The Aequians, who had taken the Volscians’ dubious success as a victory for their own cause, had had a run of luck; but it was not to last, as the following year – which was by no means a notable one – saw their ignominious defeat. The consuls for the year were Cnaeus Fabius Vibulanus and Titus Quinctius Capitolinus, the former of whom was in command of the operations, which fizzled out in the complete collapse of the Aequian force almost before it had begun to fight. Fabius got little credit and was refused a triumph, though he was granted an ‘ovation’ as he had at least done something to mitigate the disgrace of Sempronius’s defeat.
In contrast to this campaign which was so much more easily settled than people feared it might be, a short period of political tranquillity at home was unexpectedly broken by a number of serious disputes originating in a proposal to double the number of quaestors. The proposal – to add to the two city quaestors two more who should be responsible to the consuls for supplies in time of war – was introduced by the consuls and strongly supported by the Senate, but the people’s tribunes fought hard for an amendment to provide that two of the quaestors should be plebeians, instead of all patricians, as the law then stood. The Senate, headed by the consuls, began by offering the strongest possible opposition to the amendment, but moved later towards a compromise and were willing to concede that the voting should be free, and without regard to which class the candidate belonged to, as in the case of the military tribunes. However, the offer did not prove acceptable, and they dropped the whole question, whereupon the tribunes promptly took it up again and followed it by various other anti–government proposals, including one for the distribution of publicly owned land. In view of these disturbances the Senate would have preferred to appoint consuls for the ensuing year rather than military tribunes, but successive vetoes by the people’s tribunes made it impossible to get a resolution passed, so there was nothing for it but to allow the government to pass into the hands of an interrex – though even that solution was reached only after a violent struggle, as the tribunes tried to prevent the patricians from meeting.
There were new tribunes for the next year, and most of it was marked by incessant bickerings; the tribunes were continually preventing the patricians from meeting to appoint an interrex – there were several of them during the course of the year – or else pronouncing their veto on the one who happened to be in office, in order to stop the Senate passing a resolution to hold consular elections. Finally an interrex was appointed who had the courage to face the situation squarely – Lucius Papirius Mugilanus; he showed no tenderness to either party, and boldly declared that patriotism was dead, and that without God’s providence and the lucky accident of the truce with Veii and the unadventurous policy of the Aequians the country would long ago have been done for. ‘But suppose,’ he said, ‘a threat should come from that quarter – would you want us to be caught without any patrician in a position of authority? Or without an army – or a general to raise one? Civil war is hardly a good weapon for repelling an invader; and were we to be faced with both at once, God himself would hardly be able to avert our total destruction. Why cannot each party yield a point and agree upon a compromise – the Senate allowing the appointment of military tribunes instead of consuls, and the people’s tribunes refraining from putting their veto on the proposal for free elections of four quaestors without regard to which class they belong to?’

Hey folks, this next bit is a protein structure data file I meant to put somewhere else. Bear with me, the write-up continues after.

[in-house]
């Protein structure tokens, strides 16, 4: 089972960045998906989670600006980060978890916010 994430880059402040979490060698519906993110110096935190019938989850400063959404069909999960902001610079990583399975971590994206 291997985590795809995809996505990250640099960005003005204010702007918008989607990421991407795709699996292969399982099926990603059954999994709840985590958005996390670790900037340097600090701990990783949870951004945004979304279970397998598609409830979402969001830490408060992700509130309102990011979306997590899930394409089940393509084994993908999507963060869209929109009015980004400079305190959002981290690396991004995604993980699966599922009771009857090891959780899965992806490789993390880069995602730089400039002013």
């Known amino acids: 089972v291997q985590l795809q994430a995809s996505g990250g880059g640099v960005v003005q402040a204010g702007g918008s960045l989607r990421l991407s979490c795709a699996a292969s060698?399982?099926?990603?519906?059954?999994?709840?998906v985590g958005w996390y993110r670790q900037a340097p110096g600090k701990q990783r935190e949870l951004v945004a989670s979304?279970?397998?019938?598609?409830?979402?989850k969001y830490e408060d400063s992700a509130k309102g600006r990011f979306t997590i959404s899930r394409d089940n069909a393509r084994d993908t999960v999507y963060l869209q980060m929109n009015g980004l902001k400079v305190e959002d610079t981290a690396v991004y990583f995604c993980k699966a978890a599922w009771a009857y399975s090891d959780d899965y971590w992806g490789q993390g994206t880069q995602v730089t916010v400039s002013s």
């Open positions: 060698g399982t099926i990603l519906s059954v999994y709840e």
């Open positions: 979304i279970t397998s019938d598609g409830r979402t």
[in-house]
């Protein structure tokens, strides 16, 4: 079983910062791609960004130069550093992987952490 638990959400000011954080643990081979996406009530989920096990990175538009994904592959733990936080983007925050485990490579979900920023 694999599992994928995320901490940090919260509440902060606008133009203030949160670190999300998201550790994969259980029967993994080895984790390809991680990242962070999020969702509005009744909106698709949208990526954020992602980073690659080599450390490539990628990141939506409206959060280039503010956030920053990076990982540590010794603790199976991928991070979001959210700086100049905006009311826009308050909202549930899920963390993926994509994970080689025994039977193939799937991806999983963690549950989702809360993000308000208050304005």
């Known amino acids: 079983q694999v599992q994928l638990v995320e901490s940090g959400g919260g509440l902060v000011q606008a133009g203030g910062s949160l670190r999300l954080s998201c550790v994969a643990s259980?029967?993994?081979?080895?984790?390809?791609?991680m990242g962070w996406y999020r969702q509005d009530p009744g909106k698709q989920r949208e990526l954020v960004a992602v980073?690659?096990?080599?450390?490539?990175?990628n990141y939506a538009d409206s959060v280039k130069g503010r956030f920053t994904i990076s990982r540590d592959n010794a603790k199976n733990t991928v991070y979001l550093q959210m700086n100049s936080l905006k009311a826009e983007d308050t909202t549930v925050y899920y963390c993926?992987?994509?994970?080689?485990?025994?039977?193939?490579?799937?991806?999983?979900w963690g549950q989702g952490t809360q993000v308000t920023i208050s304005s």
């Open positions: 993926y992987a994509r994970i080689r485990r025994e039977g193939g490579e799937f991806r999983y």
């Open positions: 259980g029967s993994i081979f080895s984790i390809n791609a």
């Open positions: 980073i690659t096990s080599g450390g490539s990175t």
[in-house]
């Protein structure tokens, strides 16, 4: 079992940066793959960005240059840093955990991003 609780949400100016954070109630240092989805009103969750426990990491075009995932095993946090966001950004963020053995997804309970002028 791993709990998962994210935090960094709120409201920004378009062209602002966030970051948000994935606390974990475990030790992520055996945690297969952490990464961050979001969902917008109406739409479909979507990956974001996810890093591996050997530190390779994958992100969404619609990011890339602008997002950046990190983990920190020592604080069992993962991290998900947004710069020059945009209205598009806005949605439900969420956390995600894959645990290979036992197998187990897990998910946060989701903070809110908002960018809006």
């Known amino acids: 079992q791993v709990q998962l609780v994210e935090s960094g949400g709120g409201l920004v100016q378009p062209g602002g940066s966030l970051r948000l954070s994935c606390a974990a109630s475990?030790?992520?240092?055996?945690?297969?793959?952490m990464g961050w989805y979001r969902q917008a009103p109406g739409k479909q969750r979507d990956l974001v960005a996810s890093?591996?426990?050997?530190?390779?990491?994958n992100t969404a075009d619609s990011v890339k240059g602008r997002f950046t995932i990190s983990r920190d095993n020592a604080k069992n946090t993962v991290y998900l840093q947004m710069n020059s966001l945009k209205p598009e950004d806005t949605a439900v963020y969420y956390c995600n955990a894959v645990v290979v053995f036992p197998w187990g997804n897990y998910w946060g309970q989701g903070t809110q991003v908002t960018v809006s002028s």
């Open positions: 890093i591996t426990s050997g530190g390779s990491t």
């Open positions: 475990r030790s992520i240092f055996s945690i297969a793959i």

The appeal had its effect: the elections for the military tribuneship were held first, and the successful candidates were all patricians – Lucius Quinctius Cincinnatus (for the third time), Lucius Furius Medullinus (for the second time), Marcus Manlius, and Aulus Sempronius Atratinus. The last–named presided over the election of quaestors, at which there were several plebeian candidates, amongst them a son of the tribune Antistius and a brother of another tribune, Sextus Pompilius; but the support of these men was not of sufficient influence to procure their protégés’ election, and only aristocratic candidates, men whose fathers and grandfathers had been consuls, secured a majority of votes. All the tribunes were furious, but especially Pompilius and Antistius, whose relatives had been defeated at the polls. That their own services, they declared, to the popular cause, and the equally great disservices of the nobility, not to mention the natural desire of exercising a right to which a change in the law had recently entitled them, should have failed to procure the election of a single plebeian quaestor – far less a military tribune – simply did not make sense. What could it mean? Here were two men – two tribunes, holders of a sacrosanct office created for the protection of liberty – of whom one begged votes for a brother and the other for his son. And what was the result? Both were ignored! No, no: it could only mean that there was dirty work somewhere and that Sempronius had rigged the election; it was his dishonesty which was responsible for their relatives’ defeat. Sempronius was, of course, innocent, and the office he held protected him from direct attack, so the two irate tribunes diverted their attentions to his uncle, Gaius Sempronius, whom with the support of their colleague Cannuleius they summoned to appear in court to answer for the disgraceful campaign against the Volscians. The same two men brought up in the Senate the question of distributing the publicly–owned land, a measure which Gaius Sempronius had always vigorously opposed, as they thought – rightly – that he would either withdraw his opposition and thus weaken his case in the eyes of the senatorial party, or by continuing to maintain it up to the time of his trial give offence to the popular party. The latter, however, was of little account to him and he preferred to injure his own chances of acquittal rather than prove false to his political principles, refusing to abandon the position that there should be no gifts of public land –which would merely, in his view, be a feather in the cap of three tribunes, as what they wanted was not really land for the people at all, but simply a chance to arouse resentment against himself. Personally; he declared, he was quite ready to face that storm without shrinking, and no individual citizen, either himself or anybody else, ought to be so highly valued by the Senate that its efforts to protect him involved damage to the interests of the country as a whole. When the day of his trial came, he faced it with the same confidence and the same pride; he pleaded his own cause, and the Senate did everything in its power to mollify the feelings of the commons against him, but no effect. The verdict went against him and he was fined 15,000 asses.